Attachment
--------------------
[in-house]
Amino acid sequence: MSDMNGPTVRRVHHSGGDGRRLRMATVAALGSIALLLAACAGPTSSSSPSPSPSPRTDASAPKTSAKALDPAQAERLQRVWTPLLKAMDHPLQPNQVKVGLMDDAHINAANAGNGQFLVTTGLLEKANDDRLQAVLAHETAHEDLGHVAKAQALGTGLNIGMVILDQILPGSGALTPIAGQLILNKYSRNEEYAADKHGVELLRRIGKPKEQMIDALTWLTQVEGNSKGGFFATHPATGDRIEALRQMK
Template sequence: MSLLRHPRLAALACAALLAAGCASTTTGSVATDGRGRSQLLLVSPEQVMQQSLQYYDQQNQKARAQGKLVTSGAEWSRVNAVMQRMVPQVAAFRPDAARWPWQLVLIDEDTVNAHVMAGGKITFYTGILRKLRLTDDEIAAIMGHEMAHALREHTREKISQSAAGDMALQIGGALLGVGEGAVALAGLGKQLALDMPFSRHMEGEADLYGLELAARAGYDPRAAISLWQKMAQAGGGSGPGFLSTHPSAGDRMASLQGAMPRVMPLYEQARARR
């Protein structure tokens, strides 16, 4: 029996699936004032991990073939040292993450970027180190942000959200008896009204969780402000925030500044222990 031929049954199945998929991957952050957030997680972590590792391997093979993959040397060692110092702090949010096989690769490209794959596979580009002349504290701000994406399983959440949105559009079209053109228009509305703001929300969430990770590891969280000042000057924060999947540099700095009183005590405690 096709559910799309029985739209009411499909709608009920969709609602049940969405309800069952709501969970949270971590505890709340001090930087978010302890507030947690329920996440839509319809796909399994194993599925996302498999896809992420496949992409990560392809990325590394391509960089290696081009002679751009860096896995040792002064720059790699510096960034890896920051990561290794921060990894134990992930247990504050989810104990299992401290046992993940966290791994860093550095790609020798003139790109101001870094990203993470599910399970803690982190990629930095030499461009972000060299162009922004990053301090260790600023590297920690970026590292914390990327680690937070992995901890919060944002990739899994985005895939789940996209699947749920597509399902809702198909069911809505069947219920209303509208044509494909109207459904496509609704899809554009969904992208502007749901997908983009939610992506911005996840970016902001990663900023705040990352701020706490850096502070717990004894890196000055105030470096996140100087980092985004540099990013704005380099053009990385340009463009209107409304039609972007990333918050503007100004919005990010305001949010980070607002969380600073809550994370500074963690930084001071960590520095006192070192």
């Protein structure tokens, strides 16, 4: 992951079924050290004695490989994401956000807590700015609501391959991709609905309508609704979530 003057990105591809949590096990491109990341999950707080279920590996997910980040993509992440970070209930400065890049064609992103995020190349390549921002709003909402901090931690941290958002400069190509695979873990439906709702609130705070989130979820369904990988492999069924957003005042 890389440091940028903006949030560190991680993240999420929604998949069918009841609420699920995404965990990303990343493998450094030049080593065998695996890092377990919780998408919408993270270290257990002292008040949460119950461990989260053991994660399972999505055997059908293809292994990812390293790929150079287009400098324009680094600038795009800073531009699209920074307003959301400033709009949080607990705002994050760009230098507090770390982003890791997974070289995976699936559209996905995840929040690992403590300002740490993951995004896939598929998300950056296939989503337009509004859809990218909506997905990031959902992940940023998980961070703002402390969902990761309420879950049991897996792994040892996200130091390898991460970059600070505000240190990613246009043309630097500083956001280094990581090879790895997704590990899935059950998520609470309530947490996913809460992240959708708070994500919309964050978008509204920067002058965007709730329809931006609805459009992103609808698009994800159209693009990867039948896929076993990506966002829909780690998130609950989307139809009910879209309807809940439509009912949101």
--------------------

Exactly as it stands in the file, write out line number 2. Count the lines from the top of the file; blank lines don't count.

Amino acid sequence: MSDMNGPTVRRVHHSGGDGRRLRMATVAALGSIALLLAACAGPTSSSSPSPSPSPRTDASAPKTSAKALDPAQAERLQRVWTPLLKAMDHPLQPNQVKVGLMDDAHINAANAGNGQFLVTTGLLEKANDDRLQAVLAHETAHEDLGHVAKAQALGTGLNIGMVILDQILPGSGALTPIAGQLILNKYSRNEEYAADKHGVELLRRIGKPKEQMIDALTWLTQVEGNSKGGFFATHPATGDRIEALRQMK